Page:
UK & World News
Iraq: Iran Offers To Work With Arch Foe US
Iran's president has said he would consider working with the US to combat Islamist militants in Iraq, as he offered to help fight the insurgents.
President Hassan Rouhani suggested he would be willing to co-operate with Iran's traditional enemy to keep the Islamic State of Iraq and Syria (ISIS) from taking control of its Middle East neighbour.
In a televised address on Saturday morning Mr Rouhani said Iran would be willing to go to Iraq's assistance and added: "We all should practically and verbally confront terrorist groups."
Asked if Tehran would work with the Americans, he said: "We can think about it if we see America start confronting the terrorist groups in Iraq or elsewhere."
The news came as US Defence Secretary Chuck Hagel†ordered the aircraft carrier USS HW George Bush to the Persian Gulf to give the US added flexibility if military action is required.
President Barack Obama has ruled out putting American troops on the ground in Iraq, but says the White House is considering all other options for support.
He said he would make a decision on the options "in the days ahead" amid reports the Pentagon is drafting plans for possible air strikes against the Islamist rebels.
"The United States will do our part, but ultimately it's up to the Iraqis as a sovereign nation to solve their problems," Mr Obama said. "We can't do it for them."
Iran has already sent a Major General from the Revolutionary Guard to Baghdad to meet leaders of the city.
Iran is predominately Shia and does not want to see a Sunni caliphate established on its borders by ISIS fighters, who are now thought to be fewer than 50 miles (80km) from Iraq's capital.
Foreign Secretary William Hague has ruled out sending UK troops, but said Britain may offer other support, such as counter-terrorism expertise, which could see the involvement of the SAS, as it did in Libya.
"Work is under way on that now and we will continue to liaise closely with our United States allies in particular on that," he said.
Britain is to provide £3m†in emergency aid to help refugees fleeing the violence.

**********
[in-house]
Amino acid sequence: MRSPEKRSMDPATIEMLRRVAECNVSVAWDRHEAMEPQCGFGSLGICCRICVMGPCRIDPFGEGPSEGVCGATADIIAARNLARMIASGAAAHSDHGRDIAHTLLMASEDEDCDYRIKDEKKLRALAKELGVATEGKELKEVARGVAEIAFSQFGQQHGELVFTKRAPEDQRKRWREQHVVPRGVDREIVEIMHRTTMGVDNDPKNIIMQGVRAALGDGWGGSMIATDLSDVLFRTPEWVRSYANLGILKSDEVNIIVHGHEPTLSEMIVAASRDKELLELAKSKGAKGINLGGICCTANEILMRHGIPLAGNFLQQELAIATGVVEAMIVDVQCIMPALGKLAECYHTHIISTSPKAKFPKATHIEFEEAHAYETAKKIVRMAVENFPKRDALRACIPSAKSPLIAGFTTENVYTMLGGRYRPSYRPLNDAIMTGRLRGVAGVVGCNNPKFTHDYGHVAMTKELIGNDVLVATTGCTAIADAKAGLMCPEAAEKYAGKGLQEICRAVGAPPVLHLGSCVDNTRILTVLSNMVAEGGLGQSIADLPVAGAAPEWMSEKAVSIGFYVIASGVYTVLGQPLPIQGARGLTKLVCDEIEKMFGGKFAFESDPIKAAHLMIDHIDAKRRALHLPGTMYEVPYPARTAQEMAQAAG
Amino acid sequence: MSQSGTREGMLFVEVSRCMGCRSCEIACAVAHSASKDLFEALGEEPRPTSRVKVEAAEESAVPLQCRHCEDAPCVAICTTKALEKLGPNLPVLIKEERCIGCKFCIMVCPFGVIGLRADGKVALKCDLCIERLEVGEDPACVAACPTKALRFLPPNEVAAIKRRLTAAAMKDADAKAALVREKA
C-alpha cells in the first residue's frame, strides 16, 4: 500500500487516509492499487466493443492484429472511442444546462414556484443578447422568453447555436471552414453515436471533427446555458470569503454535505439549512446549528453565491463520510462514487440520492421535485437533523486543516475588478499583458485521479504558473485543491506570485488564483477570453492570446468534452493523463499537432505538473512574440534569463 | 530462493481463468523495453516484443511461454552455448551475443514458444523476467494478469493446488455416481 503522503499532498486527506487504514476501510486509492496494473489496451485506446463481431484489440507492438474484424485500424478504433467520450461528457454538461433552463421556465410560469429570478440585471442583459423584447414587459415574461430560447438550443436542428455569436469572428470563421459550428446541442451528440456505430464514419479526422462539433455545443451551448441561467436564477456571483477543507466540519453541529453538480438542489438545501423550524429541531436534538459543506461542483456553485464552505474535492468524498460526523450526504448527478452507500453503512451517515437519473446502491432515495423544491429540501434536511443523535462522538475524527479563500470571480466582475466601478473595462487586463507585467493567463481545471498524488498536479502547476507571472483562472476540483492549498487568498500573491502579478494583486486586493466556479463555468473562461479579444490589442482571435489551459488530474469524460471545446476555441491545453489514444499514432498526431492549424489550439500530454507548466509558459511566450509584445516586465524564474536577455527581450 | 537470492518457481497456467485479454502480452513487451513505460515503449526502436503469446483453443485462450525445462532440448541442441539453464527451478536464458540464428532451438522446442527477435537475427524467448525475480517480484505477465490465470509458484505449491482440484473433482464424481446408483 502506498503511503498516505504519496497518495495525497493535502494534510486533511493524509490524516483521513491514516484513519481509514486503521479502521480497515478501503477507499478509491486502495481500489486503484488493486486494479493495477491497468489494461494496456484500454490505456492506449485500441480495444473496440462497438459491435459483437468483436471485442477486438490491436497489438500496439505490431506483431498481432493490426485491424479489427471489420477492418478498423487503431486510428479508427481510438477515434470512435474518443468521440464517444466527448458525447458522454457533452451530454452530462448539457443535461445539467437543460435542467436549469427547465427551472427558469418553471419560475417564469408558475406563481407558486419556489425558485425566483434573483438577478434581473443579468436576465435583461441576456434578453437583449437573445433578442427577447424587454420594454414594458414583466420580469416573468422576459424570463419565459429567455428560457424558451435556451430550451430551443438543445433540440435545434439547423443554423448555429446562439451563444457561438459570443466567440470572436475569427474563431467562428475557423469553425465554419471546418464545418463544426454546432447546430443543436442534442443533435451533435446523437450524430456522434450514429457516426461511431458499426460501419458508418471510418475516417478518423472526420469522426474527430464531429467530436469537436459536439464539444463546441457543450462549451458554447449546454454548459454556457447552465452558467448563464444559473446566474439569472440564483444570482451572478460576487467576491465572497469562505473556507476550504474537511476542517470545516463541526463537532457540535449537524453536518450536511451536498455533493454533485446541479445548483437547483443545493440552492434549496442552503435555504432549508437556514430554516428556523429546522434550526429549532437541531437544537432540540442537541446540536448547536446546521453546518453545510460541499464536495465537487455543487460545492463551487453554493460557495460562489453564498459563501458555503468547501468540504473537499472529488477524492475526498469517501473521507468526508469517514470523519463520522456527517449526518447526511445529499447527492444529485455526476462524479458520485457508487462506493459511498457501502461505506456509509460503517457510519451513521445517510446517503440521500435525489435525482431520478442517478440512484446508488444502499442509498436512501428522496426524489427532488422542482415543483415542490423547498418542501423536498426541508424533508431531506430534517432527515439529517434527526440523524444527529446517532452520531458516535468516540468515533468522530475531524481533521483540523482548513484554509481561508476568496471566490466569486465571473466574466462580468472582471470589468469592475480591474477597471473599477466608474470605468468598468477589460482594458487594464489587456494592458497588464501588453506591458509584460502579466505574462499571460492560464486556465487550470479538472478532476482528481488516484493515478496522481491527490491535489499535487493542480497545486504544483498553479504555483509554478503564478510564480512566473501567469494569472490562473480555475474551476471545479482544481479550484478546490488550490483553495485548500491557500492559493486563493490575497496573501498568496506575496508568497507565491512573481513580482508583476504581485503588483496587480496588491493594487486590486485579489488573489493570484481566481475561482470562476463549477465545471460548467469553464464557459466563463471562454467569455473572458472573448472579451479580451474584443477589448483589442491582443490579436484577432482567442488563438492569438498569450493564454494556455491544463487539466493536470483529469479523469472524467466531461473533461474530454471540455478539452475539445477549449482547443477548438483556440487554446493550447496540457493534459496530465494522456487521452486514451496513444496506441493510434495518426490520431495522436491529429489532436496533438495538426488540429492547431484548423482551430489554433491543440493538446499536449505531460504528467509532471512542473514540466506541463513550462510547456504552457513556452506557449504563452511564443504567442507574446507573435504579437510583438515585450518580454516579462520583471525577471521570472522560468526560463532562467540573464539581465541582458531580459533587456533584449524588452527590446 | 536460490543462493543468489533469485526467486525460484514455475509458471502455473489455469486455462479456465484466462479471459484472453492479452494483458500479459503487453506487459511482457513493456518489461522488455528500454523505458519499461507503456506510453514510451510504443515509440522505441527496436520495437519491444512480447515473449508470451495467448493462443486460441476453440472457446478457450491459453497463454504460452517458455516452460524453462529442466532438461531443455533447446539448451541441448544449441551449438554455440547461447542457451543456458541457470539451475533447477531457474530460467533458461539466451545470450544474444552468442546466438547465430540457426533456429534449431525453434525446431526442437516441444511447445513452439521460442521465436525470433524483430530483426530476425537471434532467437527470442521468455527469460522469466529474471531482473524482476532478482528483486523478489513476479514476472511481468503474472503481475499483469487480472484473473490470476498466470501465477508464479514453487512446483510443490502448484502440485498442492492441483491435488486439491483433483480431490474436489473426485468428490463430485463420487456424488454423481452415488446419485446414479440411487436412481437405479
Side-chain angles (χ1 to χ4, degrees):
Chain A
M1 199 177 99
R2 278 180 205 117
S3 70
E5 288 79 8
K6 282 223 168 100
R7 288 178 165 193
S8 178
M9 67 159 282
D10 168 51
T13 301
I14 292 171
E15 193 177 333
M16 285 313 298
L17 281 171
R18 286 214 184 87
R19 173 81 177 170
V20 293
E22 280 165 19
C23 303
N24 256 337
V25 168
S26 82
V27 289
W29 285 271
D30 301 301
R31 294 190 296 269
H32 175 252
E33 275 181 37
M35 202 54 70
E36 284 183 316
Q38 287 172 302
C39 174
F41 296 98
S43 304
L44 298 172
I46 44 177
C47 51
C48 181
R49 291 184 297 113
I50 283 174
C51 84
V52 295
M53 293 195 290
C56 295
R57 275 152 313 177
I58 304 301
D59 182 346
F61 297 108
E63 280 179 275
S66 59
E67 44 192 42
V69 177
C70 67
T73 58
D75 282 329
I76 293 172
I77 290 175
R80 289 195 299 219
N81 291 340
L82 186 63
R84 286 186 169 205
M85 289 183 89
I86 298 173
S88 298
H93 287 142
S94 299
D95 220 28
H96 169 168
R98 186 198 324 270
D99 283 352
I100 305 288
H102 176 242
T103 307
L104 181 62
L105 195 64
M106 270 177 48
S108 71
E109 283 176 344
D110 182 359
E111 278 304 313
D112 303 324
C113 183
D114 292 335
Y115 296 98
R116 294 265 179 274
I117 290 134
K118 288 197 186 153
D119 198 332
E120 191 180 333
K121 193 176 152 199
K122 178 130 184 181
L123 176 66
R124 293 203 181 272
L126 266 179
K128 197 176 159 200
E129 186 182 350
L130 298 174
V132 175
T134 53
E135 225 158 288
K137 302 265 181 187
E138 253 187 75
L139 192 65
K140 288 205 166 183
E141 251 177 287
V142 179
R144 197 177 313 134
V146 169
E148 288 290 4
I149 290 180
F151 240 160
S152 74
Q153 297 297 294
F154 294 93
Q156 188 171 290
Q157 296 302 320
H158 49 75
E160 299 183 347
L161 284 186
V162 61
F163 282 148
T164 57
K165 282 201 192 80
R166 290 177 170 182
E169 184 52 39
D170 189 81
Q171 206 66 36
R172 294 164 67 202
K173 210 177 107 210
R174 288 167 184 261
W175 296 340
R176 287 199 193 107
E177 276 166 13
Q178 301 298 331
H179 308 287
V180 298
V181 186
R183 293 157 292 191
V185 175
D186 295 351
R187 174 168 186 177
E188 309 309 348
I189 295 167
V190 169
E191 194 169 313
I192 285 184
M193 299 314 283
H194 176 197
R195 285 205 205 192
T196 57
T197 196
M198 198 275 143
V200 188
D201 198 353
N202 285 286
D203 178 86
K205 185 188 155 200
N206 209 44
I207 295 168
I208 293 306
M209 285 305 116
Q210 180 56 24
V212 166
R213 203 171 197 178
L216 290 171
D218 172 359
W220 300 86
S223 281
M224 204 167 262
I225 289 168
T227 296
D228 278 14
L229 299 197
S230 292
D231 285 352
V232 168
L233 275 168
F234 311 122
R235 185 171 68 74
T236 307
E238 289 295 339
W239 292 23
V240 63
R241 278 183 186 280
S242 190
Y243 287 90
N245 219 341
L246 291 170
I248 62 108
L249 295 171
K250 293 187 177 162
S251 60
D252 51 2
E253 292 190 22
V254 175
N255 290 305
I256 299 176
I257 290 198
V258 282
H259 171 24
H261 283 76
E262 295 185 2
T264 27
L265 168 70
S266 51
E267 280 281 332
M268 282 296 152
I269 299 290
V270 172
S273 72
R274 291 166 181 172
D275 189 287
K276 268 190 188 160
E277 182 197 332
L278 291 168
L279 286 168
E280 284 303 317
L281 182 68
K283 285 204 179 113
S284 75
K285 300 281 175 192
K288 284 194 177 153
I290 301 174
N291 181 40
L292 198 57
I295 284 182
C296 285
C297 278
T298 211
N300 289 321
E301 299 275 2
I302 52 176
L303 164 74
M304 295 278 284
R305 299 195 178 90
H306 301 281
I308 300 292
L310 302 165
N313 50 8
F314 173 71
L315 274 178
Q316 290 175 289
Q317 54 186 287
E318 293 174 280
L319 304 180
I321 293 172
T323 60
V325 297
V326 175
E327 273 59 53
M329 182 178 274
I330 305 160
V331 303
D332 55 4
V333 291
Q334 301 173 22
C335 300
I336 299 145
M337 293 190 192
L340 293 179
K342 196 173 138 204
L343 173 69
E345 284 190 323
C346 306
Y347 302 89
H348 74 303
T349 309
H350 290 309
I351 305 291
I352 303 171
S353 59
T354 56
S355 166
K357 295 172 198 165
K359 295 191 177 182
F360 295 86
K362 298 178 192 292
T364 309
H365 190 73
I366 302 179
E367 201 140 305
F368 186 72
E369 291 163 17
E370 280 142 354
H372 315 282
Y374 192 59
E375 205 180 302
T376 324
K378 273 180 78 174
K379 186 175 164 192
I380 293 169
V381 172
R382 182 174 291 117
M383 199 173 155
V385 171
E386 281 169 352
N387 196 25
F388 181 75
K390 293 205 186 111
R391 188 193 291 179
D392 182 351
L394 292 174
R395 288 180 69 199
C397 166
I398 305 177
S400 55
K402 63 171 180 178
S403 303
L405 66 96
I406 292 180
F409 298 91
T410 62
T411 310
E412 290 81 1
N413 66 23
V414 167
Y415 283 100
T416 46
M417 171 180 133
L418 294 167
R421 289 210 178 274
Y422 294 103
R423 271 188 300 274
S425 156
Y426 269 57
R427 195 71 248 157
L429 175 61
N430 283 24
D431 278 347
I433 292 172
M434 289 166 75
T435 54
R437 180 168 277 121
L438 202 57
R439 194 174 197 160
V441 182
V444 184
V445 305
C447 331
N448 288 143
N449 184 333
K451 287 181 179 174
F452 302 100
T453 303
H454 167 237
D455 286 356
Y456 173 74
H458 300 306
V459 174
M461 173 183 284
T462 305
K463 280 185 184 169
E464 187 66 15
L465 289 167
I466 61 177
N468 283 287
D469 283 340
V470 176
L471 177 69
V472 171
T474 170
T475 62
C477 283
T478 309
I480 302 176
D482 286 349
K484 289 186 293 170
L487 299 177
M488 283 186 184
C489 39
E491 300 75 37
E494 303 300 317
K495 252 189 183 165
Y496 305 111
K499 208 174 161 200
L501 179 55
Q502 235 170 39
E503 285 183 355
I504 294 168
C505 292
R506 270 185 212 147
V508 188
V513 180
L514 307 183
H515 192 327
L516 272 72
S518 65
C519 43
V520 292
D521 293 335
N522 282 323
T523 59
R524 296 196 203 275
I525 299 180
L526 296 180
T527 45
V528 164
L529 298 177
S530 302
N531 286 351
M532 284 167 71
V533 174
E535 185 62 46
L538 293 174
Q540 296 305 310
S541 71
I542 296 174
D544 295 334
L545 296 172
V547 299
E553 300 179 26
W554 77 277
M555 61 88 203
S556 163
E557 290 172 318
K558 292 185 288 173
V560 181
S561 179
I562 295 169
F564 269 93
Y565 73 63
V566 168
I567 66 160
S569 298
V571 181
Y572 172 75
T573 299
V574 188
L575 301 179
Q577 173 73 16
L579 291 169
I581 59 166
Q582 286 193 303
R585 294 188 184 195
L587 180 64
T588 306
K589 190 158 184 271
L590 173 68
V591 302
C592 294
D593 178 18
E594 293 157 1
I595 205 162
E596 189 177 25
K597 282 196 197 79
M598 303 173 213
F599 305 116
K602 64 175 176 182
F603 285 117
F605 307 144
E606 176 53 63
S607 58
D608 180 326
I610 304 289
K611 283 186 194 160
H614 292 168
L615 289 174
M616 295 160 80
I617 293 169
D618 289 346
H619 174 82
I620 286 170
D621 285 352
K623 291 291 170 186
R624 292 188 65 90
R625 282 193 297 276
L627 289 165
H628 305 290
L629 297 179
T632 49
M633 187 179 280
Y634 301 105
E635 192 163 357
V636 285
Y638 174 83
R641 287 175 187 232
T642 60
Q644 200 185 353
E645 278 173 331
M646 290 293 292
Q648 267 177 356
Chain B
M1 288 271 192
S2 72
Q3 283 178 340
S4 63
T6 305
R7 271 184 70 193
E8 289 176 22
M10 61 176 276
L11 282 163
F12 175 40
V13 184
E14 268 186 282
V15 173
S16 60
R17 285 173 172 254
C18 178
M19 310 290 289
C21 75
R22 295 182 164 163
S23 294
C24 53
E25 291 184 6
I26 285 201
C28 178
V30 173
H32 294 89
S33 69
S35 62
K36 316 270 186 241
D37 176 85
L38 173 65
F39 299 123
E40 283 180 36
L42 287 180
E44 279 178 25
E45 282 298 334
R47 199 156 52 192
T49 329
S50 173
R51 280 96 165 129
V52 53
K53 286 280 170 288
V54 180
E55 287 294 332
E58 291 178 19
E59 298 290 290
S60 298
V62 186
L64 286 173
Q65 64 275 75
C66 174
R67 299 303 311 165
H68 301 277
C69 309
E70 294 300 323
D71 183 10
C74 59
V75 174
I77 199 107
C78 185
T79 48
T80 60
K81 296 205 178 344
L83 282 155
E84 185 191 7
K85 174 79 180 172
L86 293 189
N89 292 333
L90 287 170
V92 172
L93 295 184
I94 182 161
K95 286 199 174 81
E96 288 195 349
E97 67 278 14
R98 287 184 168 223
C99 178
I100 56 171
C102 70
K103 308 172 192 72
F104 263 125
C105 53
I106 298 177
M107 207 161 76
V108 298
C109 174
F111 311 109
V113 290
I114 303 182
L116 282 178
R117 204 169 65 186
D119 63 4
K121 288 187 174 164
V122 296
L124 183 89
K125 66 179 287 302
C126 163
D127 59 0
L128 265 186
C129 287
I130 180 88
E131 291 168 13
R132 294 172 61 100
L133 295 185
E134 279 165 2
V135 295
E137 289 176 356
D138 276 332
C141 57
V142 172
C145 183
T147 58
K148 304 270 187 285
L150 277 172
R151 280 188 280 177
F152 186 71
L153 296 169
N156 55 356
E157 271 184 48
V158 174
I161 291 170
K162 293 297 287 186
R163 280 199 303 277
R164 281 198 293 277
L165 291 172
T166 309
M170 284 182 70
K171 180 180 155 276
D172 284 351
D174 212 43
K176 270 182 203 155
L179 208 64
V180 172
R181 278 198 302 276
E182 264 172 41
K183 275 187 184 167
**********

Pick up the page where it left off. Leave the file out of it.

It comes as the governor of Mosul told Sky News he would welcome US support in ousting Islamist militants from Iraq, but does not want troops on the ground.
Speaking from Irbil in the Kurdish north after fleeing Mosul when it was taken by ISIS, Atheel al Nujaifi said the insurgents' attack on several Iraqi cities came as a complete surprise to Iraqi authorities.
Mr Nujaifi said: "We need to have weapons. We need to have political support.
"(But) we don't like the American army to come into Iraq and to occupy Iraq another time and turn back to the same problem that happened before."
The UN has said the 7,000-strong ISIS force has carried out summary executions and rapes in its bloody takeover of large swathes of the country. Around 90,000 Iraqi soldiers are said to have deserted their posts.
By Saturday morning the Iraqi army had staged a fightback, retaking the towns of Ishaqi, al-Mutasim†and Duluiyah, in Salah ad Din province. They have also retaken much of Tikrit, Saddam Hussein's†home town.
Hundreds of young Iraqis attended volunteer centres across Baghdad to sign up to fight the militants after the country's most senior cleric urged people to take up arms on Friday.
Sheikh Abdulmehdi al Karbalai, a representative for Grand Ayatollah Ali al Sistani, said: "People who are capable of carrying arms and fighting the terrorists in defence of their country ... should volunteer to join the security forces to achieve this sacred goal."
:: Watch a special report on the conflict in Iraq on our catch up service. Sky's Foreign Affairs Correspondent Lisa Holland asks whether the current crisis means the end of Iraq. It's free for TV customers with Sky HD+ boxes connected to broadband.